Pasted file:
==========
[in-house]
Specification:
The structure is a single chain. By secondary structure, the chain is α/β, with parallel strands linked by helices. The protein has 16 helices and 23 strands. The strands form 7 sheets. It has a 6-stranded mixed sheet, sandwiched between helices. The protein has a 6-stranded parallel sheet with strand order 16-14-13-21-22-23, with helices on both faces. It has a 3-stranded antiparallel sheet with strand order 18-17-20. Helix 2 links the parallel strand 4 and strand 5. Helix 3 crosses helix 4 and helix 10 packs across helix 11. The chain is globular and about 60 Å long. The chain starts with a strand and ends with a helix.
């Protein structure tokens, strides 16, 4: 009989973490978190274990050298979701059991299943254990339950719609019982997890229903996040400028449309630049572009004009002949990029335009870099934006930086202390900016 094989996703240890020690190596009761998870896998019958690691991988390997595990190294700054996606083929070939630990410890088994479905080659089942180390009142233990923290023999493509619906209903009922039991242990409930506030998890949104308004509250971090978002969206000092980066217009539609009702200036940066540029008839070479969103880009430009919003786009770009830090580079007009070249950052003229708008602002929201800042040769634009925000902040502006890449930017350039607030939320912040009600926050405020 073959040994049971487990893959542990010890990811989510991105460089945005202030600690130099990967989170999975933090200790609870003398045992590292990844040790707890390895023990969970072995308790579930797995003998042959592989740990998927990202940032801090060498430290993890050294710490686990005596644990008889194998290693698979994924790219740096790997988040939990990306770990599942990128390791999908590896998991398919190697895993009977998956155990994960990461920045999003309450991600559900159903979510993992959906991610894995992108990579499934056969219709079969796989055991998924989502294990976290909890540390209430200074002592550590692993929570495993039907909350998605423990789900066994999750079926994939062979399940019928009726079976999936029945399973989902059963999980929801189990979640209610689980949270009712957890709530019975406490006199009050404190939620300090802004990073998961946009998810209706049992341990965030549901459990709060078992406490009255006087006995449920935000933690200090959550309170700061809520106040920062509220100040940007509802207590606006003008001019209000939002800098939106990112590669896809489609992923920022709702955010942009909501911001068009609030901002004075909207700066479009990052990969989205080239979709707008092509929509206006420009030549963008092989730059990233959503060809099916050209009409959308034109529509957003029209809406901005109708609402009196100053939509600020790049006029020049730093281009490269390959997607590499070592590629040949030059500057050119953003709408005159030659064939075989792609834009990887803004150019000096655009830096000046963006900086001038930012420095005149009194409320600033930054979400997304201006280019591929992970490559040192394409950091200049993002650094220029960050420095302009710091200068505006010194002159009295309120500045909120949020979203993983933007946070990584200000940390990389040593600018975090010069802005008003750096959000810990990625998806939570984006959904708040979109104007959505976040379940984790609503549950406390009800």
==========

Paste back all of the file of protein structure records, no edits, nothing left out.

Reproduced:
[in-house]
Specification:
The structure is a single chain. By secondary structure, the chain is α/β, with parallel strands linked by helices. The protein has 16 helices and 23 strands. The strands form 7 sheets. It has a 6-stranded mixed sheet, sandwiched between helices. The protein has a 6-stranded parallel sheet with strand order 16-14-13-21-22-23, with helices on both faces. It has a 3-stranded antiparallel sheet with strand order 18-17-20. Helix 2 links the parallel strand 4 and strand 5. Helix 3 crosses helix 4 and helix 10 packs across helix 11. The chain is globular and about 60 Å long. The chain starts with a strand and ends with a helix.
């Protein structure tokens, strides 16, 4: 009989973490978190274990050298979701059991299943254990339950719609019982997890229903996040400028449309630049572009004009002949990029335009870099934006930086202390900016 094989996703240890020690190596009761998870896998019958690691991988390997595990190294700054996606083929070939630990410890088994479905080659089942180390009142233990923290023999493509619906209903009922039991242990409930506030998890949104308004509250971090978002969206000092980066217009539609009702200036940066540029008839070479969103880009430009919003786009770009830090580079007009070249950052003229708008602002929201800042040769634009925000902040502006890449930017350039607030939320912040009600926050405020 073959040994049971487990893959542990010890990811989510991105460089945005202030600690130099990967989170999975933090200790609870003398045992590292990844040790707890390895023990969970072995308790579930797995003998042959592989740990998927990202940032801090060498430290993890050294710490686990005596644990008889194998290693698979994924790219740096790997988040939990990306770990599942990128390791999908590896998991398919190697895993009977998956155990994960990461920045999003309450991600559900159903979510993992959906991610894995992108990579499934056969219709079969796989055991998924989502294990976290909890540390209430200074002592550590692993929570495993039907909350998605423990789900066994999750079926994939062979399940019928009726079976999936029945399973989902059963999980929801189990979640209610689980949270009712957890709530019975406490006199009050404190939620300090802004990073998961946009998810209706049992341990965030549901459990709060078992406490009255006087006995449920935000933690200090959550309170700061809520106040920062509220100040940007509802207590606006003008001019209000939002800098939106990112590669896809489609992923920022709702955010942009909501911001068009609030901002004075909207700066479009990052990969989205080239979709707008092509929509206006420009030549963008092989730059990233959503060809099916050209009409959308034109529509957003029209809406901005109708609402009196100053939509600020790049006029020049730093281009490269390959997607590499070592590629040949030059500057050119953003709408005159030659064939075989792609834009990887803004150019000096655009830096000046963006900086001038930012420095005149009194409320600033930054979400997304201006280019591929992970490559040192394409950091200049993002650094220029960050420095302009710091200068505006010194002159009295309120500045909120949020979203993983933007946070990584200000940390990389040593600018975090010069802005008003750096959000810990990625998806939570984006959904708040979109104007959505976040379940984790609503549950406390009800």